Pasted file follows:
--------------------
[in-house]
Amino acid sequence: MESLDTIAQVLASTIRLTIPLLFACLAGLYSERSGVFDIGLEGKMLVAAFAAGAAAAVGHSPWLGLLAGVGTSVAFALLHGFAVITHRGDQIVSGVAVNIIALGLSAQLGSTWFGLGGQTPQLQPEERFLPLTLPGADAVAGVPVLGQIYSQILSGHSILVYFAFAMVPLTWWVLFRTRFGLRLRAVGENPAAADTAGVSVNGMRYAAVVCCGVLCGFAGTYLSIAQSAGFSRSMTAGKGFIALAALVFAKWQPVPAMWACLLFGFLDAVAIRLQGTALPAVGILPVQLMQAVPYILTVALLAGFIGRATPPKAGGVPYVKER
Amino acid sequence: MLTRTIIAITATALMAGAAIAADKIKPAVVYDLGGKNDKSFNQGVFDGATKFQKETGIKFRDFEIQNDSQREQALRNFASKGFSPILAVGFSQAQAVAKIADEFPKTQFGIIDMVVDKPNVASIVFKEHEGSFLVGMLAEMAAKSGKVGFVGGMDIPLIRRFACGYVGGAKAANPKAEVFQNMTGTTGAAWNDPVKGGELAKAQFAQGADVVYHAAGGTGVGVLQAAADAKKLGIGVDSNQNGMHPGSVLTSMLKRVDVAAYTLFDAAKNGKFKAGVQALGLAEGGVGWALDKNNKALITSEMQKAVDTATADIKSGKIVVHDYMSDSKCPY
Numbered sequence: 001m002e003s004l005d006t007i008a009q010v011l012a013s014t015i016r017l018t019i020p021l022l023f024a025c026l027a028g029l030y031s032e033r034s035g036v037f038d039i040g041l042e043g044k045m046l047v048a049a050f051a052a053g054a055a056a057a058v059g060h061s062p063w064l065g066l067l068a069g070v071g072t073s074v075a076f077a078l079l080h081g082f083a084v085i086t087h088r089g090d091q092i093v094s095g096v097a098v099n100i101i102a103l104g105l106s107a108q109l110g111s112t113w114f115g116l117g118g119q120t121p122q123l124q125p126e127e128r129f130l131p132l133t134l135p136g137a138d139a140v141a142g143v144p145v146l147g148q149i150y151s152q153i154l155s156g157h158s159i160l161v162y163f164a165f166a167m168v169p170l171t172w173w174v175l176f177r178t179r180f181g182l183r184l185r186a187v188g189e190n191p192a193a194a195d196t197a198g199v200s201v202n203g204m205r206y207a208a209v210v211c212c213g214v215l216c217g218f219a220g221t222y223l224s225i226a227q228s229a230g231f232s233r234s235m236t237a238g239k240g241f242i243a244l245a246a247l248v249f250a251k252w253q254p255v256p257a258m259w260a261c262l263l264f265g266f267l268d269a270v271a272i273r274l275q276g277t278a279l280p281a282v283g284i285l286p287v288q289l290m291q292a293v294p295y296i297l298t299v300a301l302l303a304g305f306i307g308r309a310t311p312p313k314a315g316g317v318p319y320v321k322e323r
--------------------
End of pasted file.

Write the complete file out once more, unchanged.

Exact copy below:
[in-house]
Amino acid sequence: MESLDTIAQVLASTIRLTIPLLFACLAGLYSERSGVFDIGLEGKMLVAAFAAGAAAAVGHSPWLGLLAGVGTSVAFALLHGFAVITHRGDQIVSGVAVNIIALGLSAQLGSTWFGLGGQTPQLQPEERFLPLTLPGADAVAGVPVLGQIYSQILSGHSILVYFAFAMVPLTWWVLFRTRFGLRLRAVGENPAAADTAGVSVNGMRYAAVVCCGVLCGFAGTYLSIAQSAGFSRSMTAGKGFIALAALVFAKWQPVPAMWACLLFGFLDAVAIRLQGTALPAVGILPVQLMQAVPYILTVALLAGFIGRATPPKAGGVPYVKER
Amino acid sequence: MLTRTIIAITATALMAGAAIAADKIKPAVVYDLGGKNDKSFNQGVFDGATKFQKETGIKFRDFEIQNDSQREQALRNFASKGFSPILAVGFSQAQAVAKIADEFPKTQFGIIDMVVDKPNVASIVFKEHEGSFLVGMLAEMAAKSGKVGFVGGMDIPLIRRFACGYVGGAKAANPKAEVFQNMTGTTGAAWNDPVKGGELAKAQFAQGADVVYHAAGGTGVGVLQAAADAKKLGIGVDSNQNGMHPGSVLTSMLKRVDVAAYTLFDAAKNGKFKAGVQALGLAEGGVGWALDKNNKALITSEMQKAVDTATADIKSGKIVVHDYMSDSKCPY
Numbered sequence: 001m002e003s004l005d006t007i008a009q010v011l012a013s014t015i016r017l018t019i020p021l022l023f024a025c026l027a028g029l030y031s032e033r034s035g036v037f038d039i040g041l042e043g044k045m046l047v048a049a050f051a052a053g054a055a056a057a058v059g060h061s062p063w064l065g066l067l068a069g070v071g072t073s074v075a076f077a078l079l080h081g082f083a084v085i086t087h088r089g090d091q092i093v094s095g096v097a098v099n100i101i102a103l104g105l106s107a108q109l110g111s112t113w114f115g116l117g118g119q120t121p122q123l124q125p126e127e128r129f130l131p132l133t134l135p136g137a138d139a140v141a142g143v144p145v146l147g148q149i150y151s152q153i154l155s156g157h158s159i160l161v162y163f164a165f166a167m168v169p170l171t172w173w174v175l176f177r178t179r180f181g182l183r184l185r186a187v188g189e190n191p192a193a194a195d196t197a198g199v200s201v202n203g204m205r206y207a208a209v210v211c212c213g214v215l216c217g218f219a220g221t222y223l224s225i226a227q228s229a230g231f232s233r234s235m236t237a238g239k240g241f242i243a244l245a246a247l248v249f250a251k252w253q254p255v256p257a258m259w260a261c262l263l264f265g266f267l268d269a270v271a272i273r274l275q276g277t278a279l280p281a282v283g284i285l286p287v288q289l290m291q292a293v294p295y296i297l298t299v300a301l302l303a304g305f306i307g308r309a310t311p312p313k314a315g316g317v318p319y320v321k322e323r